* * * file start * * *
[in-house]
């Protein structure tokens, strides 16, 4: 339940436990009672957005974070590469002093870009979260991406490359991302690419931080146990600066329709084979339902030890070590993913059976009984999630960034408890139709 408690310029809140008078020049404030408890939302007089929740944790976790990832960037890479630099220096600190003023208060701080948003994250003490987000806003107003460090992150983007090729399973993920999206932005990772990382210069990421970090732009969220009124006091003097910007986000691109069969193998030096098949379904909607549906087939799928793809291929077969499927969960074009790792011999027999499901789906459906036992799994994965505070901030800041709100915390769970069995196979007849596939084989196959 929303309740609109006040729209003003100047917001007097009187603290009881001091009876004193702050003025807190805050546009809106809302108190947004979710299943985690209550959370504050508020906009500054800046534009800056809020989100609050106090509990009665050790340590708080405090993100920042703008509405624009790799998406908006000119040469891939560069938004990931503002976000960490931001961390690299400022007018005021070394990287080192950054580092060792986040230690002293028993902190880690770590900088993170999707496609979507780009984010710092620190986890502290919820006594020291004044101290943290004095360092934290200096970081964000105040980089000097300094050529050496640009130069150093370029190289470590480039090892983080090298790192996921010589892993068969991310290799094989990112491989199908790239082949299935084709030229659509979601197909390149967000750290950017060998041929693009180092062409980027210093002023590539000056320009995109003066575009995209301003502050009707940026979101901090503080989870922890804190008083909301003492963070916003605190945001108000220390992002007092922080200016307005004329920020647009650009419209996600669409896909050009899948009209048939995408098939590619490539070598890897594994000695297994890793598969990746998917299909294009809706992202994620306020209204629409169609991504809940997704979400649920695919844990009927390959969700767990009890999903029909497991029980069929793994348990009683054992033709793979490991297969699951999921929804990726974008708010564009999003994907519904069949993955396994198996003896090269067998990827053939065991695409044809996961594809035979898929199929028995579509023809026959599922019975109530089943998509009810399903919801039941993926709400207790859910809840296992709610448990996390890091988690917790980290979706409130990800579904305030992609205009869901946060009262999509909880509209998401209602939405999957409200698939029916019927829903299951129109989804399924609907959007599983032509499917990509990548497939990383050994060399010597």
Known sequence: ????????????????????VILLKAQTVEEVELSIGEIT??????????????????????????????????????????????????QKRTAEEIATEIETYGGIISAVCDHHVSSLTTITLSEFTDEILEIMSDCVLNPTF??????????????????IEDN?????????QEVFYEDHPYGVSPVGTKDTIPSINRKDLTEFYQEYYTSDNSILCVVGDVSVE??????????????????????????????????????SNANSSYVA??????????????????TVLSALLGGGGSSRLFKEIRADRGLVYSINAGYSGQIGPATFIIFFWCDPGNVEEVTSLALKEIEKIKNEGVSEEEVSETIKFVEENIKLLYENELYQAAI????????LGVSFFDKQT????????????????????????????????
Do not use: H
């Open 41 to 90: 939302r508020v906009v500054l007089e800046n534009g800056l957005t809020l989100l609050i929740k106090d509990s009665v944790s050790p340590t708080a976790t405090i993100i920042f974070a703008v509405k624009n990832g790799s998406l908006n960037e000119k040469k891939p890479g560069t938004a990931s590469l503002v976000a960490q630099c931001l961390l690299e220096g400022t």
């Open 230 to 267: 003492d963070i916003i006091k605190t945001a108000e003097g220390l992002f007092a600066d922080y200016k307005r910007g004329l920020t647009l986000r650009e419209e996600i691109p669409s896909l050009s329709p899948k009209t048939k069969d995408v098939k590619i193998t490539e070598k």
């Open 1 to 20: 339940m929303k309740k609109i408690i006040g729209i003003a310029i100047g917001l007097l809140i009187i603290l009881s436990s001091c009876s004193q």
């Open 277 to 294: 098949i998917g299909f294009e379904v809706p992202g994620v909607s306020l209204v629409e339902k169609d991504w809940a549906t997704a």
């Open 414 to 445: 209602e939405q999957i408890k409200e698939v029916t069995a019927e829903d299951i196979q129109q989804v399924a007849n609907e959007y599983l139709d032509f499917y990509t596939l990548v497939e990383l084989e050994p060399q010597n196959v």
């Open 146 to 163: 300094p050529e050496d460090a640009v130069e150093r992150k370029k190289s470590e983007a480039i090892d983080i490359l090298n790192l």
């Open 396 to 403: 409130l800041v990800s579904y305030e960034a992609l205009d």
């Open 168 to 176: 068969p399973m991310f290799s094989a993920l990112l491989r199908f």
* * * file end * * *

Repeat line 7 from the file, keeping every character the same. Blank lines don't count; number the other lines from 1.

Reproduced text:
């Open 1 to 20: 339940m929303k309740k609109i408690i006040g729209i003003a310029i100047g917001l007097l809140i009187i603290l009881s436990s001091c009876s004193q």